The present study set out to further narrow down the processing stage at which the impairment of multiplication under concurrent articulation may have occurred. We employed a verification version of the number bisection task (NBT) that differs from the task used by Lee and Kang [10] in two important aspects: First, this version of the NBT did not require active production of any multiplication result. Second, because the default strategy to solve the NBT relies on magnitude manipulation [5], multiplication fact knowledge is actually task-irrelevant. Therefore, no intentional access to multiplication facts should occur and the verbal output lexicon should not be activated. Nevertheless, Nuerk, Geppert, van Herten, and Willmes [13] observed a reliable influence of multiplication fact knowledge on performance in the NBT (see also [1416]). Classifying a number triplet as being arithmetically correctly bisected by its central number (e.g., 21_26_31 vs. 21_26_29) was reliably faster when the triplet was part of a multiplication table as compared to when it was not (e.g., 18_21_24 vs. 19_22_25). Nuerk and co-workers [13] termed this finding the multiplicativity effect because it was assumed to originate from the additional recruitment of multiplication fact representations. These multiplication facts are supposed to be stored in an auditory-verbal format and to corroborate NBT task performance which was thought to primarily rely on magnitude representations. Thus, the observation of the multiplicativity effect suggested an interactive recruitment of numerical representations when performing the NBT, rather than a strictly one-task one-representation account (see also [14, 16]).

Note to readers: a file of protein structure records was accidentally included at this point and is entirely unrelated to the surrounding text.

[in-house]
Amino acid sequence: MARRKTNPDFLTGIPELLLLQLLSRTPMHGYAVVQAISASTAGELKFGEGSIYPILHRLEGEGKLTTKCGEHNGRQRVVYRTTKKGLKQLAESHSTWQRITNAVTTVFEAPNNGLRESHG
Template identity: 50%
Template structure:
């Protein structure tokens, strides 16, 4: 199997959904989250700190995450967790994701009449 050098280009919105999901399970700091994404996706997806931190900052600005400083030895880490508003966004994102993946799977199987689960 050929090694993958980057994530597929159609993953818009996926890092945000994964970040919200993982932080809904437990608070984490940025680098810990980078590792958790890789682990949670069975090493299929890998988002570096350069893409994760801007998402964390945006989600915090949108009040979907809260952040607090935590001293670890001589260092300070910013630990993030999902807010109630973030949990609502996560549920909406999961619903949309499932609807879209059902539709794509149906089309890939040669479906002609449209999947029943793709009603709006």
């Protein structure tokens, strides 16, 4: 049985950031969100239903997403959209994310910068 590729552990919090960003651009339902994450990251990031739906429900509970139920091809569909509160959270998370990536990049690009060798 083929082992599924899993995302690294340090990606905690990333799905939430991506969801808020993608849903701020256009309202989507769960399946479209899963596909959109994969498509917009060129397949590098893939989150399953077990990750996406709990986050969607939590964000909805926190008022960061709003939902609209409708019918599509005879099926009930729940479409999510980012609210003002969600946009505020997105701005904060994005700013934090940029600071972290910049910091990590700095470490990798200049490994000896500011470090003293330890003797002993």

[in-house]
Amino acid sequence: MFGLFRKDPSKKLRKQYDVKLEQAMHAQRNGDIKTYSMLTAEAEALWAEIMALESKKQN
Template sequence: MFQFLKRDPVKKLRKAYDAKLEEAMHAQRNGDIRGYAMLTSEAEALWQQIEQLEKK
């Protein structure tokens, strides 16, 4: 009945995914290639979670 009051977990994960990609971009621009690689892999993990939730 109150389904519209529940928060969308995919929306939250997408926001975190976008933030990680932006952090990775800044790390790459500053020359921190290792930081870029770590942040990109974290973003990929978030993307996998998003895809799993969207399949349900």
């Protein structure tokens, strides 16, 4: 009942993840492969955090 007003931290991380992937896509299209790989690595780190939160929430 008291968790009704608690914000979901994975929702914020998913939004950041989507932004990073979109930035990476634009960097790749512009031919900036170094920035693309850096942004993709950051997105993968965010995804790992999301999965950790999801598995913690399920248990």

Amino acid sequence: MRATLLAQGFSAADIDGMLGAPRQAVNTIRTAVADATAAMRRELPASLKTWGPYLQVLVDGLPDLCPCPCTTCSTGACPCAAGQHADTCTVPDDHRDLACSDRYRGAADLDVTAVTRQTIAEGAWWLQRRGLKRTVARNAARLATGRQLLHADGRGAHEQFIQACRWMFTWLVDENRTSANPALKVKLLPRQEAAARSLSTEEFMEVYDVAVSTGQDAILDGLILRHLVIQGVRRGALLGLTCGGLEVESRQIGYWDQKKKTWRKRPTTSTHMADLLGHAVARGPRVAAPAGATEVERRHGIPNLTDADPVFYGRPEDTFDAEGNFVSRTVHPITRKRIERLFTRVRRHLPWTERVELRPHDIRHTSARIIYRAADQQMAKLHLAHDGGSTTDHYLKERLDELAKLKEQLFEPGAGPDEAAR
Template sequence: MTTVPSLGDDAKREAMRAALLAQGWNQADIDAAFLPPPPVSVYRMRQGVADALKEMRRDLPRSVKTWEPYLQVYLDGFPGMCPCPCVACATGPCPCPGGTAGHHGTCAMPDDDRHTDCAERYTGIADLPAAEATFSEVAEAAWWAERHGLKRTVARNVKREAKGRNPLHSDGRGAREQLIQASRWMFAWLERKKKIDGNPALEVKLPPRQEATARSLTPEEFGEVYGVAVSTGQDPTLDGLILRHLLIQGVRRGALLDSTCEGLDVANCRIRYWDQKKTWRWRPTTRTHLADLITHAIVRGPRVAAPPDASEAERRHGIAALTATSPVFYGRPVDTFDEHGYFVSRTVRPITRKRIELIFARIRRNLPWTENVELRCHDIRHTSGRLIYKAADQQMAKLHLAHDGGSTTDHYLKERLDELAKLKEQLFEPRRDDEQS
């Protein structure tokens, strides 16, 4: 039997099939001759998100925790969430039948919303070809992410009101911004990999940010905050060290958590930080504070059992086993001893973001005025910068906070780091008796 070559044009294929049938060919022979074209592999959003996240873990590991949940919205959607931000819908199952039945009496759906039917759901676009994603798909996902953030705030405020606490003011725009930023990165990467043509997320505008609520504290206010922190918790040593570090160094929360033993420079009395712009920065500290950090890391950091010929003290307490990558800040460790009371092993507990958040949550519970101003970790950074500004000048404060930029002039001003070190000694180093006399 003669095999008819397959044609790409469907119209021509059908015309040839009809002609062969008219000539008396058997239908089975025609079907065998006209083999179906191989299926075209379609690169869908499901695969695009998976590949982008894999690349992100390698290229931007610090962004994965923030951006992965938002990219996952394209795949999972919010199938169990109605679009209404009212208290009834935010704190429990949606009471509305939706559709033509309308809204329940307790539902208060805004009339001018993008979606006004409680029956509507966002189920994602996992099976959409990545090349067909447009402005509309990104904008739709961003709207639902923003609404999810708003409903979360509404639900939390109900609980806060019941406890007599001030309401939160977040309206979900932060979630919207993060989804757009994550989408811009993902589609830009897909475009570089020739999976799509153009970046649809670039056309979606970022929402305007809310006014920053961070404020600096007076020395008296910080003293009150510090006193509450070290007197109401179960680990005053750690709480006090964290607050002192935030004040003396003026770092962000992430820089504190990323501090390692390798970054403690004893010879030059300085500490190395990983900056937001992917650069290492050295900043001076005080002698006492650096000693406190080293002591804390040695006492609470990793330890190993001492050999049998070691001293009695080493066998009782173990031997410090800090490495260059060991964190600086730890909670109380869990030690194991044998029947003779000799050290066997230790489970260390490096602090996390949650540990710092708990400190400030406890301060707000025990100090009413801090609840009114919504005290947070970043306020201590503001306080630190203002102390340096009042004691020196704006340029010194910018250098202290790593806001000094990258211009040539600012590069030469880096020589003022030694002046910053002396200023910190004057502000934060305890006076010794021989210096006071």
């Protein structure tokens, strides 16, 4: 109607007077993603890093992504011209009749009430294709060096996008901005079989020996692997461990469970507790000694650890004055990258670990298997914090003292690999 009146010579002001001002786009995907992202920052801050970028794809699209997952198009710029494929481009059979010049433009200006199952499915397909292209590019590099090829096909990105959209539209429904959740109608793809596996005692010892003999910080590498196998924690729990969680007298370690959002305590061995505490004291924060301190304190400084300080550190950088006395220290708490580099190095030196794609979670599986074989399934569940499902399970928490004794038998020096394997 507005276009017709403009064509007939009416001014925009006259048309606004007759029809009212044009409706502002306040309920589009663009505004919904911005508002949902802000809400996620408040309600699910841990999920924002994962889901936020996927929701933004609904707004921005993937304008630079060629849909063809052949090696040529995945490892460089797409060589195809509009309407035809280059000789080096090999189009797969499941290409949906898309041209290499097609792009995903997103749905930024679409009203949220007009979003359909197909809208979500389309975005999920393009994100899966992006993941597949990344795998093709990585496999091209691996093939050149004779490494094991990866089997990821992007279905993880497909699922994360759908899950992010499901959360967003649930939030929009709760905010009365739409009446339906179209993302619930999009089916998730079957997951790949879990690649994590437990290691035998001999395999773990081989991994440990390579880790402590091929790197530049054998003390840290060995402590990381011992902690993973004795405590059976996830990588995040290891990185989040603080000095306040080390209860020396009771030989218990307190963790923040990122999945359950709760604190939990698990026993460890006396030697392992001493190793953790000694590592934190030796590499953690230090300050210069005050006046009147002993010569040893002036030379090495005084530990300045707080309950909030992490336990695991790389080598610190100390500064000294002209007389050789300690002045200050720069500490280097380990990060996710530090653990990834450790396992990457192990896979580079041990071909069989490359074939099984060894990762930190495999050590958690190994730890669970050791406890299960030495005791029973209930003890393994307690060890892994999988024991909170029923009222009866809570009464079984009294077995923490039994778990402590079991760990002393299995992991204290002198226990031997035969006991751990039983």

Representational characteristics of the multiplicativity effect